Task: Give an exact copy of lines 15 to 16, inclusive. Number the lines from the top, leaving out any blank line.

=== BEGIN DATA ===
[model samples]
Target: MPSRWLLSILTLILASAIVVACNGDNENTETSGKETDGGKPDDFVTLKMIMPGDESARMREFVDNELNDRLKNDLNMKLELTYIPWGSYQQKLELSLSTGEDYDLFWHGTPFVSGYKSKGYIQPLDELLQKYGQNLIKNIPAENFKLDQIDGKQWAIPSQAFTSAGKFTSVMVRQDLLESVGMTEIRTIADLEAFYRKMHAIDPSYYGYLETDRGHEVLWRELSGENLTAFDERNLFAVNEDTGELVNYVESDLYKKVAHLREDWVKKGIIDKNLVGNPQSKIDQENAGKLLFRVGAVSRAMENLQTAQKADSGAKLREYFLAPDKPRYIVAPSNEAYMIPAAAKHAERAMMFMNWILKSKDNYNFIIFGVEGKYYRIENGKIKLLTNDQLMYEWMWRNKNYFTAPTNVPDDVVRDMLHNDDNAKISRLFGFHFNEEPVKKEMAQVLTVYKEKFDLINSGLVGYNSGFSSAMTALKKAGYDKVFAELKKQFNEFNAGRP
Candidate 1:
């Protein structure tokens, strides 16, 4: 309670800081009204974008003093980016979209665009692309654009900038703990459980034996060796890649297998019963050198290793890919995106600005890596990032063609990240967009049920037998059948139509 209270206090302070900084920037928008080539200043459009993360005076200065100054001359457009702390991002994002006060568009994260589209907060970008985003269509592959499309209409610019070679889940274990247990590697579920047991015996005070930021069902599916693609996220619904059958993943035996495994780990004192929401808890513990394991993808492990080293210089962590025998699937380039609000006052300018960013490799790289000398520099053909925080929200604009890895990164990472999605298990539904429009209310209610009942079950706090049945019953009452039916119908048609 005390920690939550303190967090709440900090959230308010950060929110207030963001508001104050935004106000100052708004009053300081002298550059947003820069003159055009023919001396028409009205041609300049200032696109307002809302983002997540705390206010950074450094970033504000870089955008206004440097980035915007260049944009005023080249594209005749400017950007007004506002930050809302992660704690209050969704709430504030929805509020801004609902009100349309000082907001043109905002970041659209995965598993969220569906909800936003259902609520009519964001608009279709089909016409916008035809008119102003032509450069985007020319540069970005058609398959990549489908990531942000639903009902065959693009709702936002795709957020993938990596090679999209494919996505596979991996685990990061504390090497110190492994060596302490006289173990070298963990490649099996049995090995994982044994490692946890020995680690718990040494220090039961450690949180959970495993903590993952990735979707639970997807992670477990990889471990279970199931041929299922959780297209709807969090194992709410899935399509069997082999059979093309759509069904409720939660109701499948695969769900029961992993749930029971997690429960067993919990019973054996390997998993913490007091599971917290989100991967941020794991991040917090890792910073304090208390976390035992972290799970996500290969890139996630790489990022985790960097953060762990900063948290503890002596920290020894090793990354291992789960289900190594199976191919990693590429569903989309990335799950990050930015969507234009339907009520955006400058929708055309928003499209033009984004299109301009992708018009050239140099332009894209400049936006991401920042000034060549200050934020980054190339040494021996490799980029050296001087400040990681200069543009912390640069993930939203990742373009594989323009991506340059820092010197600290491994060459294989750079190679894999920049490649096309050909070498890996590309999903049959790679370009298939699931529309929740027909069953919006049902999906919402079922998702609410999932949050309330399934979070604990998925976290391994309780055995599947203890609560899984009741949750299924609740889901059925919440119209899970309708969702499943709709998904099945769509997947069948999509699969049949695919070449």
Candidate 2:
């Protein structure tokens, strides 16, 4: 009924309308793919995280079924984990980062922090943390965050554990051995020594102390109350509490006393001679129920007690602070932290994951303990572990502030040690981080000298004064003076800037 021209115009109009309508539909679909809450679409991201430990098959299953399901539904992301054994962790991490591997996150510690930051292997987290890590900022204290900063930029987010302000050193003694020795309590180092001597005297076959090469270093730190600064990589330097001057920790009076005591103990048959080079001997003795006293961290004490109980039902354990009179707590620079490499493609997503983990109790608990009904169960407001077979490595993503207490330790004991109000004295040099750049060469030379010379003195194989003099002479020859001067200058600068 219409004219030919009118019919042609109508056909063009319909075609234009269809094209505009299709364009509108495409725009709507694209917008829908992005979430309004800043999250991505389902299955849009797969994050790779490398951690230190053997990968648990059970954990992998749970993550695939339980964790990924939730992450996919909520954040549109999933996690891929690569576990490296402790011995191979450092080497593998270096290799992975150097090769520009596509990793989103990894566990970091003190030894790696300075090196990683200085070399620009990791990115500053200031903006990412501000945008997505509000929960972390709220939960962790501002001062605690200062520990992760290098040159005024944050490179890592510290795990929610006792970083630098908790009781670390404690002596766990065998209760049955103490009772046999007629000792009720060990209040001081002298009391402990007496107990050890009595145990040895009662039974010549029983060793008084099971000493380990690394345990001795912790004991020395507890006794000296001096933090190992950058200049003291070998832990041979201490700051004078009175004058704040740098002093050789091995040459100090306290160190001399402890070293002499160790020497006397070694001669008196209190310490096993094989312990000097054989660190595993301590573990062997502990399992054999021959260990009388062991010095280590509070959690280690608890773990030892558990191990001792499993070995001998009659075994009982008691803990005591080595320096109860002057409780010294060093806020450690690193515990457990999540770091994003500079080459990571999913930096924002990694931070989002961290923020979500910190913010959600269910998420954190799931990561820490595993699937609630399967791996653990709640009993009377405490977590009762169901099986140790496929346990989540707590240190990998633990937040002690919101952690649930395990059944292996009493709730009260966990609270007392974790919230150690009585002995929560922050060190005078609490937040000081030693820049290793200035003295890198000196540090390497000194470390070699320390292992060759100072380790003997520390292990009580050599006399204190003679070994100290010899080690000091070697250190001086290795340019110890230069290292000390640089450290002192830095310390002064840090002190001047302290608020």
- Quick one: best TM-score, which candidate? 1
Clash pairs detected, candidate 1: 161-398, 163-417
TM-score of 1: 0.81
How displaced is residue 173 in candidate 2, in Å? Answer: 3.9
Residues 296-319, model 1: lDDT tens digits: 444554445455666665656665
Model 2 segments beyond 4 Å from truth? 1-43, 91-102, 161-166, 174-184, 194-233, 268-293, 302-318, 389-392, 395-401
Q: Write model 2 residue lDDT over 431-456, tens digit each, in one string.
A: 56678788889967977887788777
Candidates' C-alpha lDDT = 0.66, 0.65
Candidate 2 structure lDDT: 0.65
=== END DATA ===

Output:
Candidates' C-alpha lDDT = 0.66, 0.65
Candidate 2 structure lDDT: 0.65